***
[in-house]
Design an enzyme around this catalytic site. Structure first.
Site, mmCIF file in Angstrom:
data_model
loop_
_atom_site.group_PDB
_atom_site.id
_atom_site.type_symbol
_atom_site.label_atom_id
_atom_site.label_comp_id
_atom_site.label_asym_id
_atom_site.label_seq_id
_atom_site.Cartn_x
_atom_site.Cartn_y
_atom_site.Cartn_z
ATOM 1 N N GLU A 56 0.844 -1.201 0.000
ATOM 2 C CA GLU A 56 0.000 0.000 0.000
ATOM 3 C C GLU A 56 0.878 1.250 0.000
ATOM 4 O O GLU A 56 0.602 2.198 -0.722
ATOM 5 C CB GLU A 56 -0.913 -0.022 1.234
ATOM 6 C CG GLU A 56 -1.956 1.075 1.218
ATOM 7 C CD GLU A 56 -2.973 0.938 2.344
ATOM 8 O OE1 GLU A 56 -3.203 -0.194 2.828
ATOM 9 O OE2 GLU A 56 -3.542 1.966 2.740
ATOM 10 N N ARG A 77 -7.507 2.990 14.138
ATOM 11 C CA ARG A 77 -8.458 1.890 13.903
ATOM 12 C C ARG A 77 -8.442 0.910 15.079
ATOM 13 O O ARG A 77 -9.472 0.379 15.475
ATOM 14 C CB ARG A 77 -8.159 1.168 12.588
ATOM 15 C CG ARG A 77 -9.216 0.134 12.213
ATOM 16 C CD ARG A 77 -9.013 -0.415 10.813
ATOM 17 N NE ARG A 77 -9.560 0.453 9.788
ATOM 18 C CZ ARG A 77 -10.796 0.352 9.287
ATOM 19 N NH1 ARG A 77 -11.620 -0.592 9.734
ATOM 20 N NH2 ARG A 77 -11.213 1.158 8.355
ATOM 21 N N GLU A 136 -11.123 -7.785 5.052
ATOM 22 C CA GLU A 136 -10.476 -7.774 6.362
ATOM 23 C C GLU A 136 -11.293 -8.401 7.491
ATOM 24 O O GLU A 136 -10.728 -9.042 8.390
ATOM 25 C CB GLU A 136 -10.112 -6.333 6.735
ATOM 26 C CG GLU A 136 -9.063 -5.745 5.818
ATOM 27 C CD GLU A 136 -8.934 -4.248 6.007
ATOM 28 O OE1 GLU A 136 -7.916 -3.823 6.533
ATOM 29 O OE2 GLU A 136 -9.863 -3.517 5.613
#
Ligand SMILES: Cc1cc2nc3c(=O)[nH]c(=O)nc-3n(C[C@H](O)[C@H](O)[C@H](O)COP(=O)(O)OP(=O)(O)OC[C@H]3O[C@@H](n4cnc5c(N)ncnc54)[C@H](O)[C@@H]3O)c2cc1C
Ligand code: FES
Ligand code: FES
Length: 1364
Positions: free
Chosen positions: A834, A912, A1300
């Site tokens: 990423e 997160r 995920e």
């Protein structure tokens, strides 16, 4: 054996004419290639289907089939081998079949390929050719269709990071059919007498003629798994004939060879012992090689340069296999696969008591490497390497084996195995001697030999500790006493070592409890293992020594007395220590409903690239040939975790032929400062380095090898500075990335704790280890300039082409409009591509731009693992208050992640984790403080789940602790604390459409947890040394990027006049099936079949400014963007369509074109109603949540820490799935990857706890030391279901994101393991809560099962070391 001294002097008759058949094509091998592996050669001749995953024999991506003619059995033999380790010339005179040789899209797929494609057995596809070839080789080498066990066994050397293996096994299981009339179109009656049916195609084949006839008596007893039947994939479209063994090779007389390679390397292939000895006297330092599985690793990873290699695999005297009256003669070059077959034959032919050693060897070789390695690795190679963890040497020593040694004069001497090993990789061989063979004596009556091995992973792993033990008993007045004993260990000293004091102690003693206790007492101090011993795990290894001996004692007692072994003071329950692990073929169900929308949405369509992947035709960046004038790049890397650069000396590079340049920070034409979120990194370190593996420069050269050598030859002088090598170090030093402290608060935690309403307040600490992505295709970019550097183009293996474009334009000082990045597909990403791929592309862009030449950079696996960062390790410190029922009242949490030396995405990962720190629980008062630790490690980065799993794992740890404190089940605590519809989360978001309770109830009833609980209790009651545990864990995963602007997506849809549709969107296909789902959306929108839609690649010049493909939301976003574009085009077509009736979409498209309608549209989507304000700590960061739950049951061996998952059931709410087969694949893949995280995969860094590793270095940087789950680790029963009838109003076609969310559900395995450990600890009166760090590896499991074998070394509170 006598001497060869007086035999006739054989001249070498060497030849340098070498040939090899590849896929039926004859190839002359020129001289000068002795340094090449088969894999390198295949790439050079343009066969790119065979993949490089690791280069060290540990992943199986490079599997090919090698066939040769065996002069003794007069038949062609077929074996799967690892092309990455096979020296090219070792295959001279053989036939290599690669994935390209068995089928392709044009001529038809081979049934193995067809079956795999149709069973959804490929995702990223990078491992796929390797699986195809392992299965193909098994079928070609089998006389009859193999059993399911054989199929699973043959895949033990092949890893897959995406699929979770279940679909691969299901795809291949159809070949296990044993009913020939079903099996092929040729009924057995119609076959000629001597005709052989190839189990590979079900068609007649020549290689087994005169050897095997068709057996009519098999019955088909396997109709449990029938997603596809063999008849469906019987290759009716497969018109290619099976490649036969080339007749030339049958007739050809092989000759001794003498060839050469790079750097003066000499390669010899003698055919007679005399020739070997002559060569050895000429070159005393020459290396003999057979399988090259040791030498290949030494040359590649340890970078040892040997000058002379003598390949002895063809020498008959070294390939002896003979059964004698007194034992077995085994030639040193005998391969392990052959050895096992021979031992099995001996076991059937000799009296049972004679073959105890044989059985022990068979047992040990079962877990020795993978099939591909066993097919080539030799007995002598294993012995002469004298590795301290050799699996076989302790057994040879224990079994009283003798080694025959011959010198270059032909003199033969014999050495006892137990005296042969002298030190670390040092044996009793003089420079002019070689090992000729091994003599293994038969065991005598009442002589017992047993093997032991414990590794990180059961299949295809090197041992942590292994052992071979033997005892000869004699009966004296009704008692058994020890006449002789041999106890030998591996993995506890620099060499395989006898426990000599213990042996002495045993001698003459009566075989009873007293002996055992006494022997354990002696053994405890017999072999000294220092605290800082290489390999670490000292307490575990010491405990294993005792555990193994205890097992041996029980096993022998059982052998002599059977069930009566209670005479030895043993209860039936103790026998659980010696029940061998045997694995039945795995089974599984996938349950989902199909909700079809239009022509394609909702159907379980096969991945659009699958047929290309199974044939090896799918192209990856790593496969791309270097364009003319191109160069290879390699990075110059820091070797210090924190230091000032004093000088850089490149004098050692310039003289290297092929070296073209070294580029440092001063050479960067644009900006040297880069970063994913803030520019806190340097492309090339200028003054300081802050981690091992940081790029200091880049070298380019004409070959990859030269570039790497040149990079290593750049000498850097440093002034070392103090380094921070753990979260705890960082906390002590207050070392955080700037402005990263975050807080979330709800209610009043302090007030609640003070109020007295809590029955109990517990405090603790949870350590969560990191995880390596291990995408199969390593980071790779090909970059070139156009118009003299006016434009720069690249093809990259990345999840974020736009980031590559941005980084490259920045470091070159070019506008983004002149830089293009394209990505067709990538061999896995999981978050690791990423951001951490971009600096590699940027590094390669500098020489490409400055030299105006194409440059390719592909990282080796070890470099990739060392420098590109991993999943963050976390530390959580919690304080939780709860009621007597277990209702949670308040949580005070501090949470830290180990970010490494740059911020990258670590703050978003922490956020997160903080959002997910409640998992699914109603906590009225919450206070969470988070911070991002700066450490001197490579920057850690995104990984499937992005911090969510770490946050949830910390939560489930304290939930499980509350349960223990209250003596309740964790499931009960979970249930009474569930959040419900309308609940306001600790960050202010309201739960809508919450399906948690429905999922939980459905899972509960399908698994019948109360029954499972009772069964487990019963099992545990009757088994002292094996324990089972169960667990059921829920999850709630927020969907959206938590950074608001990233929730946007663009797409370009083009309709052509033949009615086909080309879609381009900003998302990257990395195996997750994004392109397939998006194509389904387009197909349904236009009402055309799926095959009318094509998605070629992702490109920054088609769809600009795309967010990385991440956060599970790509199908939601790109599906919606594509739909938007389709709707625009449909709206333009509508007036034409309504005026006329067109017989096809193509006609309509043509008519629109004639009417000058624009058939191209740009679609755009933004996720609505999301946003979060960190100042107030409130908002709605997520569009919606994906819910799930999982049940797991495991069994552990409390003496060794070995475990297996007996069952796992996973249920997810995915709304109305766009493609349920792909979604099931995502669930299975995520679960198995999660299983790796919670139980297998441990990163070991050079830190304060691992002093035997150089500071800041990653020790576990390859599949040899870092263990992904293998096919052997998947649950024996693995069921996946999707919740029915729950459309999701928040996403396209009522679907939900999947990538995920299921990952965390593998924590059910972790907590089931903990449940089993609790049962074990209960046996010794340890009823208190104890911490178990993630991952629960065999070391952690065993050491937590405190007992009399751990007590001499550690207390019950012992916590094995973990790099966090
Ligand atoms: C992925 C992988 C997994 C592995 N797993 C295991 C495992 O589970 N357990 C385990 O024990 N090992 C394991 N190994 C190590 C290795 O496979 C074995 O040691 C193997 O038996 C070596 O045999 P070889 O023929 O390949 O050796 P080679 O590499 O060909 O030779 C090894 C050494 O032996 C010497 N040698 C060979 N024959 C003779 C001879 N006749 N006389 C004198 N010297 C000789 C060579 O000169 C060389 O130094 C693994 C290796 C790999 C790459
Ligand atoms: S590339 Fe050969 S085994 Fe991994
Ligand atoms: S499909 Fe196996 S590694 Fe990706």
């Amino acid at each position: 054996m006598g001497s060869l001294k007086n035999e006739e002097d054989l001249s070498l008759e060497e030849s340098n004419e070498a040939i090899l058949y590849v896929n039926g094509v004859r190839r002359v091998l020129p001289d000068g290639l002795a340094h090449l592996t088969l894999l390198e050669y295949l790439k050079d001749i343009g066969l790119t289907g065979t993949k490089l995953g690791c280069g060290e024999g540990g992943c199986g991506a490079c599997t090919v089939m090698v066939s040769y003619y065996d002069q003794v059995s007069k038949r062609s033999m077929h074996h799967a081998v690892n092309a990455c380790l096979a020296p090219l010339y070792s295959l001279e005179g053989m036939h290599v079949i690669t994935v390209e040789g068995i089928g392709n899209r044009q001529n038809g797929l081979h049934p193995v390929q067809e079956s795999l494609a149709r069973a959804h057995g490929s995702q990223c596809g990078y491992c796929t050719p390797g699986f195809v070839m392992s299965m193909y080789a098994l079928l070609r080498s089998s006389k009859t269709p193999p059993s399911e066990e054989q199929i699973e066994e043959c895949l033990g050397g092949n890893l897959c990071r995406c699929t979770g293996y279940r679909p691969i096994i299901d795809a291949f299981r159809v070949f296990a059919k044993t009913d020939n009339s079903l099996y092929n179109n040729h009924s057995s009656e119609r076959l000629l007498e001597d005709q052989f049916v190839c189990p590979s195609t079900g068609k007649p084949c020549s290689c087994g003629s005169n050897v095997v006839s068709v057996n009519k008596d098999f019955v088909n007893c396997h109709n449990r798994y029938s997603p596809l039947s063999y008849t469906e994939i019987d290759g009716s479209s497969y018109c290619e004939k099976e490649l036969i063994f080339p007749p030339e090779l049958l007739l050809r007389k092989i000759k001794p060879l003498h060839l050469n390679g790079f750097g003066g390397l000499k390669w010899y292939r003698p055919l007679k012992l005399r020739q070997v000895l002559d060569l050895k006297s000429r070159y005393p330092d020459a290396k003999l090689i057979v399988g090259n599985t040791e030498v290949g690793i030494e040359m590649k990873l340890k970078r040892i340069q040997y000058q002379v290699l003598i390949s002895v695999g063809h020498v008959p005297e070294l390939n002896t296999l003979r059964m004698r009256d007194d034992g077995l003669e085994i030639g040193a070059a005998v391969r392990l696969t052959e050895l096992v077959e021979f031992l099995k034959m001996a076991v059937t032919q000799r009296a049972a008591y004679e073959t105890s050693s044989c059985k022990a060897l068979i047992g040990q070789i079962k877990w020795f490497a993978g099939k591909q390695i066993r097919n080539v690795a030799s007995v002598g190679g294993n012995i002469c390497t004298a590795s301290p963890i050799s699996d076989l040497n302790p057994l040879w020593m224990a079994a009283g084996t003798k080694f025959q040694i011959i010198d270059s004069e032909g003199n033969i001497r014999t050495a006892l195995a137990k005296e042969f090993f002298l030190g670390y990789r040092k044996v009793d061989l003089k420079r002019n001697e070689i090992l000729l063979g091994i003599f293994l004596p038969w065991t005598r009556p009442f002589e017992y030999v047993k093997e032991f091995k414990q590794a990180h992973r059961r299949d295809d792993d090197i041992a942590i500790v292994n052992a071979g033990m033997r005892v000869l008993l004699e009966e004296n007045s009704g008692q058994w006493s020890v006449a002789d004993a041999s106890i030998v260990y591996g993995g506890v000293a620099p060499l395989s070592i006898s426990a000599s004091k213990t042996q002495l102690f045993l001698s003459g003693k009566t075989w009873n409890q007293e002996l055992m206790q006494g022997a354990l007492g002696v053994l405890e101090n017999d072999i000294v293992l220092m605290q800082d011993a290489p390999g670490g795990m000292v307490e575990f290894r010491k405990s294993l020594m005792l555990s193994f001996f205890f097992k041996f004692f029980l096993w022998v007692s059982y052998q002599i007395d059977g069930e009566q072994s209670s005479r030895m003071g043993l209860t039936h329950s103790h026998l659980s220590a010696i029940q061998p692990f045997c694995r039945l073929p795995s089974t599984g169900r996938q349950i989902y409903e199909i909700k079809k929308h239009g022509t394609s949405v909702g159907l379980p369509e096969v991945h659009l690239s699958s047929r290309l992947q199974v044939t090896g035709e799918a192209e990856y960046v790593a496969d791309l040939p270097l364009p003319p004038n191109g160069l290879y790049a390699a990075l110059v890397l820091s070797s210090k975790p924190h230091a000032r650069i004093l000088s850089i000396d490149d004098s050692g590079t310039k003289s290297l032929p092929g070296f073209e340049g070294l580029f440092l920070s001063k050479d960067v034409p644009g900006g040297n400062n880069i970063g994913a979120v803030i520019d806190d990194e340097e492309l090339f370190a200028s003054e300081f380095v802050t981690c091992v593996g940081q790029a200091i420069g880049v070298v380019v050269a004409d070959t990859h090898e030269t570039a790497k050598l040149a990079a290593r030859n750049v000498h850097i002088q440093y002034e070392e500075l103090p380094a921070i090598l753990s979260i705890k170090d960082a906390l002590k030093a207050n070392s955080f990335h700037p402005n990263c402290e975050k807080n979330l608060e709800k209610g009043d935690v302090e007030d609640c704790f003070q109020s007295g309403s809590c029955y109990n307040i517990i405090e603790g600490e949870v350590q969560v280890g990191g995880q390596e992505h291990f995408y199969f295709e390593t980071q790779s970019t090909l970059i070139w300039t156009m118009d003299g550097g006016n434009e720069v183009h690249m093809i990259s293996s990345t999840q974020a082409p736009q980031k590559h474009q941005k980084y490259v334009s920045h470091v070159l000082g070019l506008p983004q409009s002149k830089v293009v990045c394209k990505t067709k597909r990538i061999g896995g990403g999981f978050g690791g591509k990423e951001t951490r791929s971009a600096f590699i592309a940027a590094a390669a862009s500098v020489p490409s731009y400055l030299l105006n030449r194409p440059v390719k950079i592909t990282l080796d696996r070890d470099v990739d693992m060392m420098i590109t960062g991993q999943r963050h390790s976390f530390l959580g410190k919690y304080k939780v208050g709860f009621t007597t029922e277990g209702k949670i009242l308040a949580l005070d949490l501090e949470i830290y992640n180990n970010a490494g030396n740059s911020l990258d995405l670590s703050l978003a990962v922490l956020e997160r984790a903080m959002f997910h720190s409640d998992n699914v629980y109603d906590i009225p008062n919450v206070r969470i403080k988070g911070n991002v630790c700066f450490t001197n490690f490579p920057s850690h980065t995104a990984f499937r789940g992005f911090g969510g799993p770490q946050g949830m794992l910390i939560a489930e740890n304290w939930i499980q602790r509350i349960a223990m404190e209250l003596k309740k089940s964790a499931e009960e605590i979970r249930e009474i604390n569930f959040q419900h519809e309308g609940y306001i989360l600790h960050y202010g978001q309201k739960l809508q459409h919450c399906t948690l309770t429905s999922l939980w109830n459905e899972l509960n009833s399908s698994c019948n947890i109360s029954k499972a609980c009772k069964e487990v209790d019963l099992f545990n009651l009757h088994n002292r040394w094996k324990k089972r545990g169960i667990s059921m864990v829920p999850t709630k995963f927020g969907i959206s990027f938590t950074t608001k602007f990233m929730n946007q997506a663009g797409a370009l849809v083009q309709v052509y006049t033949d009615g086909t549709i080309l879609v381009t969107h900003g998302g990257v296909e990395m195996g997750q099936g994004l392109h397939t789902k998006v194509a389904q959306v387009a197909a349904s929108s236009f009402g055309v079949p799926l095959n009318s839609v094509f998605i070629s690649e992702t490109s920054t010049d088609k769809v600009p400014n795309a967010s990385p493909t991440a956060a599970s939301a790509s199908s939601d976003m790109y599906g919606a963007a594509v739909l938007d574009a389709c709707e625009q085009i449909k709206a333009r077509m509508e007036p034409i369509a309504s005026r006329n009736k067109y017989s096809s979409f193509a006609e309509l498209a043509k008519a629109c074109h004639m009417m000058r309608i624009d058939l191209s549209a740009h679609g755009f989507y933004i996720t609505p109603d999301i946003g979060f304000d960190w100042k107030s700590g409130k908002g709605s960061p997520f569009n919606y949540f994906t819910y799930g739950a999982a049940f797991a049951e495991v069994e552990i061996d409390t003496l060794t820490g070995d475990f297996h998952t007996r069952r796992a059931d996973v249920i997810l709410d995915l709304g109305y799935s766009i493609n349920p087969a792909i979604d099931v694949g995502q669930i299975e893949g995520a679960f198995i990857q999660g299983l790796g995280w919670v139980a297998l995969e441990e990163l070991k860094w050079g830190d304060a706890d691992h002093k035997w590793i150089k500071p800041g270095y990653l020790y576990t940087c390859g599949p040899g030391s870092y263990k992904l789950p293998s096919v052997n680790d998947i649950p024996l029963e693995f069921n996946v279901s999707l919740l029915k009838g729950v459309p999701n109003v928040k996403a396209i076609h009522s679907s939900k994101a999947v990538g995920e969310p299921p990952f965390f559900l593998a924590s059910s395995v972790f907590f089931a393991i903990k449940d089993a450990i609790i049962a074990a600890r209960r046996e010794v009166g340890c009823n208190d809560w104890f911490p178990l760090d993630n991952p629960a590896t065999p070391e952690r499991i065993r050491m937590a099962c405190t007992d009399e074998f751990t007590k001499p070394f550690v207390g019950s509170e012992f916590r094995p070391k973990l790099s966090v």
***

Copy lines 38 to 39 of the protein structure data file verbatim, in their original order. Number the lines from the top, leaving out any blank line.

ATOM 23 C C GLU A 136 -11.293 -8.401 7.491
ATOM 24 O O GLU A 136 -10.728 -9.042 8.390